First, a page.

I've only heard DOn's version..never heard Aker's, but all the things you surmise about this sounds very reasonable...

Steve "Steveo" Owen

Lyn Nuttall said...

Steve: Click on the green words "Acker Bilk & His Paramount Jazz Band - The Harem.mp3" in the post to listen to Acker's version.

rex "steveo" mojo said...

Checked out Aker's version...very nice! It "vies" with Costa's version...Costa was an expert at arraging for voices, so I like Costa's voices better...but for the all around feel, Aker's gets my vote!

Anonymous said...

It's a version of Turkish "folk" song Usku Dara, as made famous by Eartha Kitt.
NB - Acker Bilk played this on the Tommy Cooper show surrounded by harem lovelies (no date on video, sugest 1964-66)

Lyn Nuttall said...

That's really interesting, thanks for bringing it up. I know "Usku Dara" well, if only through Eartha Kitt, and I listened again yesterday. I can hear the similarities, certainly in style, but there are some marked differences too. It seems reasonable to suggest that "The Harem" was based on, or inspired by it, but it's not exactly the same melody. I have a feeling you'll disagree!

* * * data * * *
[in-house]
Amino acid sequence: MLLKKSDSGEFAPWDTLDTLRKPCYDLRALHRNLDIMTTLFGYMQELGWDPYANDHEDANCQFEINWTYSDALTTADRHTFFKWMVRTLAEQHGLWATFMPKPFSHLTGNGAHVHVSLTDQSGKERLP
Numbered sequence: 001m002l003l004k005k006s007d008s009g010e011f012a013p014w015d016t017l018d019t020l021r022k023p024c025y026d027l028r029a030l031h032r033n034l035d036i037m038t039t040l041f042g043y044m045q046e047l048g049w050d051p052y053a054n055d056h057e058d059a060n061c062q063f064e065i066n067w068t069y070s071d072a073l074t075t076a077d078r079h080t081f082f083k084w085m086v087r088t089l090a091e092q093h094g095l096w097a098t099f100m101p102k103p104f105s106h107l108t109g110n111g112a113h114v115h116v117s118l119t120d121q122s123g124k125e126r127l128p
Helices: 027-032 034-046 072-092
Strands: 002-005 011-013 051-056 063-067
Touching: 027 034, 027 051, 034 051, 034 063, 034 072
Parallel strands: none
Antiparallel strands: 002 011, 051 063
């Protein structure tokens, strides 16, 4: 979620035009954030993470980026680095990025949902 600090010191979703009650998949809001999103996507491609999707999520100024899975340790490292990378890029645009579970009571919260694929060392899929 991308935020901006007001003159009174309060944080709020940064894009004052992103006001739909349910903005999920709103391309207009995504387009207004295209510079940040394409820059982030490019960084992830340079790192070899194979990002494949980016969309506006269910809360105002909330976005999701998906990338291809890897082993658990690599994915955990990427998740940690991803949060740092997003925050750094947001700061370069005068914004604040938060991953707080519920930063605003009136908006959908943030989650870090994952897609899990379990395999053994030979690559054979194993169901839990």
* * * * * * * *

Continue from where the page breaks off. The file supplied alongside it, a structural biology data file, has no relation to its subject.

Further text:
Lyn Nuttall said...

PS (to Anonymous): I've updated the main post to mention "Usku Dara".

Adam Smith said...

I came across Acker Bilk's version on a tape of a BBC radio programme: ep 1 of The Public Ear, transmitted 6 Oct 1963. It includes a profile of Mr Bilk, with interview, followed by this track. The producer, John Fawcett Wilson, was very musical(Royal College pianist)and took extreme care piecing this first edition together.